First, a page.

Referring to FIG. 2A, the side walls of mirror plate 12 are tapered inwards—forming acute angles to the top reflective surface. Specifically, the left side wall exhibits an acute angle θ to the top reflective surface. The acute angle θ preferably, though not necessarily, depends upon the incident light angle φ, which is defined as the angle between the incident light and the normal direction of the reflective surface of the mirror plate. When the incident light is a cone of light, angle φ is defined as the minimum angle between the edge of the cone of light and the normal direction of the reflective surface of the mirror plate. In one example, the acute angle between the tapered side wall of the mirror plate is equal to or less than the complementary angle of the incident angle, which can be expressed as: θ≦(90°−φ).

In operation, the mirror plate is operated between an ON state and OFF state. When the mirror plate is rotated to the ON or OFF state angles, the side walls of the mirror plate as described in FIG. 2A may still be exposed to the incident light, as demonstratively illustrated in FIG. 2B.

Referring to FIG. 2B, mirror plate 12 is rotated the OFF state, having an OFF state angle ωOFF to the horizontal plane (e.g. the plane of the substrate on which the mirror plate is formed). To avoid exposing the side wall of the mirror plate to the incident light, the acute angle θ preferably satisfies the equation of: θ≦90°−φ−ωOFF.

Often times, the incident light is in a form of a cone having a half-cone angle β that is defined as the angle between the edge ray and the central axis of the cone, as shown in the figure, the acute angle θ preferably satisfies the equation of: θ≦90°−φ−ωOFF−β.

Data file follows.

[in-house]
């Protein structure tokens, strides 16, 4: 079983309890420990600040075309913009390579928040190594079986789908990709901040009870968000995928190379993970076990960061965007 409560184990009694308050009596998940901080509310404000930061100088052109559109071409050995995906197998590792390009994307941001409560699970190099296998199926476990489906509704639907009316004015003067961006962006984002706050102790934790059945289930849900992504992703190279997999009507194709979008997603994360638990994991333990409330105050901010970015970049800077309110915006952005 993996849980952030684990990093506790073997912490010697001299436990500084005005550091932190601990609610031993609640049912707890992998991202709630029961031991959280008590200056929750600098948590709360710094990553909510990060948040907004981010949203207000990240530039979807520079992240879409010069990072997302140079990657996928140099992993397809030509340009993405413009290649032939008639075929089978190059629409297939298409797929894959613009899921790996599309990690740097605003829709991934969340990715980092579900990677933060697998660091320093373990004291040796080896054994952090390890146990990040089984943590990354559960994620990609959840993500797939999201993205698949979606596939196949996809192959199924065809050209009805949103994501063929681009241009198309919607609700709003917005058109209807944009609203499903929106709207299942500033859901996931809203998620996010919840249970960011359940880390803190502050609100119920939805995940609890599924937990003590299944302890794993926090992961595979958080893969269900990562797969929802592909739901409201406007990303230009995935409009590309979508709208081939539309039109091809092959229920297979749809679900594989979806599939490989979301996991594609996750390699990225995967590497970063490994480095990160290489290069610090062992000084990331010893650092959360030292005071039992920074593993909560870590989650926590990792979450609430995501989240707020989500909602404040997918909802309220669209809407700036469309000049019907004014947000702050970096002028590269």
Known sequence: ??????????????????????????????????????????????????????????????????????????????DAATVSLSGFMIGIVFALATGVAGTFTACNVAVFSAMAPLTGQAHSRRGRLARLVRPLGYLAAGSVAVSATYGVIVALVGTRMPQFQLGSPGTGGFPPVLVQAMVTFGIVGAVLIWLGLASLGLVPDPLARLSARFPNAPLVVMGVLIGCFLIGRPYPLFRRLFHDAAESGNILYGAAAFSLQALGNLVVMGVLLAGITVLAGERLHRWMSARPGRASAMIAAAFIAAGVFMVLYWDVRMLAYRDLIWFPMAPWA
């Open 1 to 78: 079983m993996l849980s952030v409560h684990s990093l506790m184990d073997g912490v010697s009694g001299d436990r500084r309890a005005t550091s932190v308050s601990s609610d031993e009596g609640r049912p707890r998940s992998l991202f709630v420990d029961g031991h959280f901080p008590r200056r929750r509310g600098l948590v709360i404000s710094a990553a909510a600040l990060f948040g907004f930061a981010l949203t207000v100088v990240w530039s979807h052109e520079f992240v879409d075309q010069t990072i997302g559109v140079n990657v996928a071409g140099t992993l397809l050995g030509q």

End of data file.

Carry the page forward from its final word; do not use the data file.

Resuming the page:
In view of the above, exemplary θ can be 20° degrees or higher, such as 30° degrees or higher, 35° degrees or higher, 40° degrees or higher, 42° degrees or higher, 46° degrees or higher, 58° degrees or higher, 65° degrees or higher, and 75° degrees or higher, or from 32° degrees to 80° degrees.

In the above discussion with reference to FIGS. 2A and 2B, the tapered side walls of the mirror plates are continuous and flat. Alternatively, the side wall of the mirror plate exposed to the incident light can be stepwise with a notch as shown in FIG. 2C. Similar to those discussed with reference to FIG. 2A and FIG. 2B, the side wall of the mirror plate is formed such that a virtual line connecting the edges (e.g. point A and B) of the notch has an angle θ that preferably satisfies θ≦90°−φ−ωOFF−β. The notch is preferably formed so as to face the substrate having formed thereon the addressing electrode, such as a semiconductor substrate.

Alternative to a single notch, the side wall of the mirror plate exposed to the incident light may be composed of multiple notches, as shown in FIG. 2D. Referring to FIG. 2D, multiple notches in the side wall of the mirror plate are formed. The notches have edges represented by C, D, E, and F. A virtual line connecting the edges C, D, E, and F of the notches has an angle θ that preferably satisfies θ≦90°−φ−ωOFF−β.